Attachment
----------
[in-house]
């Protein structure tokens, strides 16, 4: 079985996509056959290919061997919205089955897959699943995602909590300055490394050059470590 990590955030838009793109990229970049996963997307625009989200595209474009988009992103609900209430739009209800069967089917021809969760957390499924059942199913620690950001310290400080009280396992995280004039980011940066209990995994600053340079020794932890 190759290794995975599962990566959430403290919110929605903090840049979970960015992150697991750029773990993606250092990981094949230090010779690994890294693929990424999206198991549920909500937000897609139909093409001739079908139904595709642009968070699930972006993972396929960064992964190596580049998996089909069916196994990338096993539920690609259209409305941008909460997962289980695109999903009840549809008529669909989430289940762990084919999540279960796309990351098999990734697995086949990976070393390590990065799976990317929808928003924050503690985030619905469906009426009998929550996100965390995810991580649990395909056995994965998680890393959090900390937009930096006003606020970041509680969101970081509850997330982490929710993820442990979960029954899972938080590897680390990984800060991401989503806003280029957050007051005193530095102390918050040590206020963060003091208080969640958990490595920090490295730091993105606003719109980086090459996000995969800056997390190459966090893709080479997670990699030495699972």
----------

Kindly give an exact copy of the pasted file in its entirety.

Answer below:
[in-house]
């Protein structure tokens, strides 16, 4: 079985996509056959290919061997919205089955897959699943995602909590300055490394050059470590 990590955030838009793109990229970049996963997307625009989200595209474009988009992103609900209430739009209800069967089917021809969760957390499924059942199913620690950001310290400080009280396992995280004039980011940066209990995994600053340079020794932890 190759290794995975599962990566959430403290919110929605903090840049979970960015992150697991750029773990993606250092990981094949230090010779690994890294693929990424999206198991549920909500937000897609139909093409001739079908139904595709642009968070699930972006993972396929960064992964190596580049998996089909069916196994990338096993539920690609259209409305941008909460997962289980695109999903009840549809008529669909989430289940762990084919999540279960796309990351098999990734697995086949990976070393390590990065799976990317929808928003924050503690985030619905469906009426009998929550996100965390995810991580649990395909056995994965998680890393959090900390937009930096006003606020970041509680969101970081509850997330982490929710993820442990979960029954899972938080590897680390990984800060991401989503806003280029957050007051005193530095102390918050040590206020963060003091208080969640958990490595920090490295730091993105606003719109980086090459996000995969800056997390190459966090893709080479997670990699030495699972």